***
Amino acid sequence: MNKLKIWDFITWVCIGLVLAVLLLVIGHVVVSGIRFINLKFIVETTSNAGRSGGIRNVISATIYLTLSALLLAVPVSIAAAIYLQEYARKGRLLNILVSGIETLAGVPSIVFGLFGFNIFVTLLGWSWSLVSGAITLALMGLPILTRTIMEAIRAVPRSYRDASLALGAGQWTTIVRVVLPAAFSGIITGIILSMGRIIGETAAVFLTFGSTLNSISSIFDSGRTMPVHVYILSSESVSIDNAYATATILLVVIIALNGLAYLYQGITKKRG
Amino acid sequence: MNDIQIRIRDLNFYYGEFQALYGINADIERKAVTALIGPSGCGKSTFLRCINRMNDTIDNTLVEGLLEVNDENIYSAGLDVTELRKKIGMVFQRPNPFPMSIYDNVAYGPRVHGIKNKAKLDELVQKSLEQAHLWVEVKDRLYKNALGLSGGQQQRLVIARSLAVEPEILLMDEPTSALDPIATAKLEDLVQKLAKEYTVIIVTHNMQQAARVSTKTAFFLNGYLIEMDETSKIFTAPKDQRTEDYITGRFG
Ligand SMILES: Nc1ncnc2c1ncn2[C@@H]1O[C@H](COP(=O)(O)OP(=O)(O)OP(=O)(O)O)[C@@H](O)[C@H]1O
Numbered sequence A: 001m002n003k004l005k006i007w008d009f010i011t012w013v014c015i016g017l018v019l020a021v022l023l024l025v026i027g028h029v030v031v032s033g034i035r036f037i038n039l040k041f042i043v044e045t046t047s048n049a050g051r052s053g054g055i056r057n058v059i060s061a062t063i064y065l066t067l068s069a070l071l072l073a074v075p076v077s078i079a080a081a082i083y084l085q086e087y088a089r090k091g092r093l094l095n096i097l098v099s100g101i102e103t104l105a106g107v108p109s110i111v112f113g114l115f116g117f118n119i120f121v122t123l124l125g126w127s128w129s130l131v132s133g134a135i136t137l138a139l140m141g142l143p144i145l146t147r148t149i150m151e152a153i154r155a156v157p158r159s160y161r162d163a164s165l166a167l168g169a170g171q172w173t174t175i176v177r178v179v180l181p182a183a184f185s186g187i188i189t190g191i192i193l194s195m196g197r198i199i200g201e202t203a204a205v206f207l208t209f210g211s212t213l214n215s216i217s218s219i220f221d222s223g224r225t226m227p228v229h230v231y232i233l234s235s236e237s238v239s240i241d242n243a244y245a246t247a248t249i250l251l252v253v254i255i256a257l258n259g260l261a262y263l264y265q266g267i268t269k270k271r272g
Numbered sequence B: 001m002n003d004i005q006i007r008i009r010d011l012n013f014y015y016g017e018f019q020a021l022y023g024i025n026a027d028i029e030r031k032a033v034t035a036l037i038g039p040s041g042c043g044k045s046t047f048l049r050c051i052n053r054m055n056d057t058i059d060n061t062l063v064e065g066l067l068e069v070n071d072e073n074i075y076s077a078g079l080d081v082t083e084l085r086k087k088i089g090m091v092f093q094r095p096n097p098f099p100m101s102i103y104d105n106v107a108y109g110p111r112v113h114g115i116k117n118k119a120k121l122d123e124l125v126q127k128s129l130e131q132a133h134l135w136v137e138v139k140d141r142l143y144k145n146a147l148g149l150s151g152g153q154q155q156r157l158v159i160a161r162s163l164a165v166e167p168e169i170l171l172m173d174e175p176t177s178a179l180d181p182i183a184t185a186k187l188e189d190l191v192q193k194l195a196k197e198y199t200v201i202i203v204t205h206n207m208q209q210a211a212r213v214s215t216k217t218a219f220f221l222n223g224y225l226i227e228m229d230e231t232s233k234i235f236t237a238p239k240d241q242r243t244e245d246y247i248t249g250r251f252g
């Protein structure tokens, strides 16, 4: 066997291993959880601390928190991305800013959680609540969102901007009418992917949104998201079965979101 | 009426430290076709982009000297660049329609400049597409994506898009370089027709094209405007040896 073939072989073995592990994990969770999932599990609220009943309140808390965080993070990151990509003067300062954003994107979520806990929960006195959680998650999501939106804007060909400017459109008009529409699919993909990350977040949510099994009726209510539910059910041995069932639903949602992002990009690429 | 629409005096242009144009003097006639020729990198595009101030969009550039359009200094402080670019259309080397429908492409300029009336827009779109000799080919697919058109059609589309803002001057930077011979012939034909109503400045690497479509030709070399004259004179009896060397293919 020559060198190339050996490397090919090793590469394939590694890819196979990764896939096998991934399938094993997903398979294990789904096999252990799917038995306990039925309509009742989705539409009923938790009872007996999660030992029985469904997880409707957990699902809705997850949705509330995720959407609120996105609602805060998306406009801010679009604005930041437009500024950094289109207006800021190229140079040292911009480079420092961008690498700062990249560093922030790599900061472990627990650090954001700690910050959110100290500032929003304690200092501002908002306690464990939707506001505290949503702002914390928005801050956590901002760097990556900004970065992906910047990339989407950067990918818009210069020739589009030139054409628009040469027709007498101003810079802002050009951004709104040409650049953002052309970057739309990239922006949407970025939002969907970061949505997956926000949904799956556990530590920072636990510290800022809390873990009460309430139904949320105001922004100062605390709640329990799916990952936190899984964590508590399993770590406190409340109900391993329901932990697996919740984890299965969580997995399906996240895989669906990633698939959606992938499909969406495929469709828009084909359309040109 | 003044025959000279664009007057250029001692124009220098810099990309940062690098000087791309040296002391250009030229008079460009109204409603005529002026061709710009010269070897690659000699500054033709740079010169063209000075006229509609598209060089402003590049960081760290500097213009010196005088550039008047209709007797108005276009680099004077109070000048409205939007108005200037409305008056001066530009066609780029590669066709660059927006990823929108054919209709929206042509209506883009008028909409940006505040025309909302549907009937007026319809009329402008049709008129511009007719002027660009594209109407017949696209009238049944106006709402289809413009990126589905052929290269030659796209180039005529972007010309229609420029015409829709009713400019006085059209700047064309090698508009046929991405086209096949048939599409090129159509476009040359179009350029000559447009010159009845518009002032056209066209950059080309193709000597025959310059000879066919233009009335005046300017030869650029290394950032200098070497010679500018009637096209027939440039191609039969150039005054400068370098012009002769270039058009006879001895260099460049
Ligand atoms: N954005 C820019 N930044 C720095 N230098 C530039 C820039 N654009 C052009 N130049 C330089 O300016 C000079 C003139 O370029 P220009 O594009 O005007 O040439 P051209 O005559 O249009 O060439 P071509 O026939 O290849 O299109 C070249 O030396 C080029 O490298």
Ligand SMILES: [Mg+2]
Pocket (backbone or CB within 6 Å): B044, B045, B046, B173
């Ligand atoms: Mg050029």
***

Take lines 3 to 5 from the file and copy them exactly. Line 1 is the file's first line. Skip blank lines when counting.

Ligand SMILES: Nc1ncnc2c1ncn2[C@@H]1O[C@H](COP(=O)(O)OP(=O)(O)OP(=O)(O)O)[C@@H](O)[C@H]1O
Numbered sequence A: 001m002n003k004l005k006i007w008d009f010i011t012w013v014c015i016g017l018v019l020a021v022l023l024l025v026i027g028h029v030v031v032s033g034i035r036f037i038n039l040k041f042i043v044e045t046t047s048n049a050g051r052s053g054g055i056r057n058v059i060s061a062t063i064y065l066t067l068s069a070l071l072l073a074v075p076v077s078i079a080a081a082i083y084l085q086e087y088a089r090k091g092r093l094l095n096i097l098v099s100g101i102e103t104l105a106g107v108p109s110i111v112f113g114l115f116g117f118n119i120f121v122t123l124l125g126w127s128w129s130l131v132s133g134a135i136t137l138a139l140m141g142l143p144i145l146t147r148t149i150m151e152a153i154r155a156v157p158r159s160y161r162d163a164s165l166a167l168g169a170g171q172w173t174t175i176v177r178v179v180l181p182a183a184f185s186g187i188i189t190g191i192i193l194s195m196g197r198i199i200g201e202t203a204a205v206f207l208t209f210g211s212t213l214n215s216i217s218s219i220f221d222s223g224r225t226m227p228v229h230v231y232i233l234s235s236e237s238v239s240i241d242n243a244y245a246t247a248t249i250l251l252v253v254i255i256a257l258n259g260l261a262y263l264y265q266g267i268t269k270k271r272g
Numbered sequence B: 001m002n003d004i005q006i007r008i009r010d011l012n013f014y015y016g017e018f019q020a021l022y023g024i025n026a027d028i029e030r031k032a033v034t035a036l037i038g039p040s041g042c043g044k045s046t047f048l049r050c051i052n053r054m055n056d057t058i059d060n061t062l063v064e065g066l067l068e069v070n071d072e073n074i075y076s077a078g079l080d081v082t083e084l085r086k087k088i089g090m091v092f093q094r095p096n097p098f099p100m101s102i103y104d105n106v107a108y109g110p111r112v113h114g115i116k117n118k119a120k121l122d123e124l125v126q127k128s129l130e131q132a133h134l135w136v137e138v139k140d141r142l143y144k145n146a147l148g149l150s151g152g153q154q155q156r157l158v159i160a161r162s163l164a165v166e167p168e169i170l171l172m173d174e175p176t177s178a179l180d181p182i183a184t185a186k187l188e189d190l191v192q193k194l195a196k197e198y199t200v201i202i203v204t205h206n207m208q209q210a211a212r213v214s215t216k217t218a219f220f221l222n223g224y225l226i227e228m229d230e231t232s233k234i235f236t237a238p239k240d241q242r243t244e245d246y247i248t249g250r251f252g